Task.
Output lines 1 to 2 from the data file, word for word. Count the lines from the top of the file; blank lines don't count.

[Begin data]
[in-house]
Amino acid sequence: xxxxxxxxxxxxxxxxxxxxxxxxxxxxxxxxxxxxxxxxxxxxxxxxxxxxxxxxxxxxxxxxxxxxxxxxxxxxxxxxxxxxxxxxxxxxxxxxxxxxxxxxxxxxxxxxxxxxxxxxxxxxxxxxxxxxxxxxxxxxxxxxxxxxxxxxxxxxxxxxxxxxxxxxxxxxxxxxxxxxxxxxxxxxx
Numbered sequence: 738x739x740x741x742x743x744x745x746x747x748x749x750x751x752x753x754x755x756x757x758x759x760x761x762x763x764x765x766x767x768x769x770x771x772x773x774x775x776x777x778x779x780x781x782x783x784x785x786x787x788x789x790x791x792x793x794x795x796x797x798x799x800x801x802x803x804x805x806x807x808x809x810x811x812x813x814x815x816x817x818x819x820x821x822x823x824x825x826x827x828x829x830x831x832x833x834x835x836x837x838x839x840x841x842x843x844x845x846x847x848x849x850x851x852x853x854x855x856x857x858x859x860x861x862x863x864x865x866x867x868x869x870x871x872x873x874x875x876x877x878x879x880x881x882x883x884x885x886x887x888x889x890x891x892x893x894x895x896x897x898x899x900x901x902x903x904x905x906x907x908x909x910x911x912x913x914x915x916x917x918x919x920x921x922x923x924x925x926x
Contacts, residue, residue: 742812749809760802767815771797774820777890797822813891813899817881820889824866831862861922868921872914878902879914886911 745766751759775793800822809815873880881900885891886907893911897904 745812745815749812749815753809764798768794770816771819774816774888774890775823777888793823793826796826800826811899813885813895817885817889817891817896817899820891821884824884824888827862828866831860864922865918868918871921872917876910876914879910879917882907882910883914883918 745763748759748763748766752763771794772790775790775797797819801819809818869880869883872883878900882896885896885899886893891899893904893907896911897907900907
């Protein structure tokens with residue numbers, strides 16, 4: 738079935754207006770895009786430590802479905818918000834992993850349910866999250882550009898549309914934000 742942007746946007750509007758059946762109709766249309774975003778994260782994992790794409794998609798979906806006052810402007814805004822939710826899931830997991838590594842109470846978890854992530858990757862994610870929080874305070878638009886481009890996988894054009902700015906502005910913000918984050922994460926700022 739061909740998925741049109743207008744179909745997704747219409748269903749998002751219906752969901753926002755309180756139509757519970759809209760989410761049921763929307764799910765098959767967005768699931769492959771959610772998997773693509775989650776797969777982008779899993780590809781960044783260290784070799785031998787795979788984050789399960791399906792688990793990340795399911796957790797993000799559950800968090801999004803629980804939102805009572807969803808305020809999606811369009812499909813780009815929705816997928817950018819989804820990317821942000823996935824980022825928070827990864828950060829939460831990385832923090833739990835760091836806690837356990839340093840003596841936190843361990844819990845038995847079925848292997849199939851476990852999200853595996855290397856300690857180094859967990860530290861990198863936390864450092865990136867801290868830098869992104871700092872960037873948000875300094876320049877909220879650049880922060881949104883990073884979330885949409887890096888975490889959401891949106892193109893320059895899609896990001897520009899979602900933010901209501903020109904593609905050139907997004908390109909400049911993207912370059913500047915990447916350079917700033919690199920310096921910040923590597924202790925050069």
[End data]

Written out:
[in-house]
Amino acid sequence: xxxxxxxxxxxxxxxxxxxxxxxxxxxxxxxxxxxxxxxxxxxxxxxxxxxxxxxxxxxxxxxxxxxxxxxxxxxxxxxxxxxxxxxxxxxxxxxxxxxxxxxxxxxxxxxxxxxxxxxxxxxxxxxxxxxxxxxxxxxxxxxxxxxxxxxxxxxxxxxxxxxxxxxxxxxxxxxxxxxxxxxxxxxxx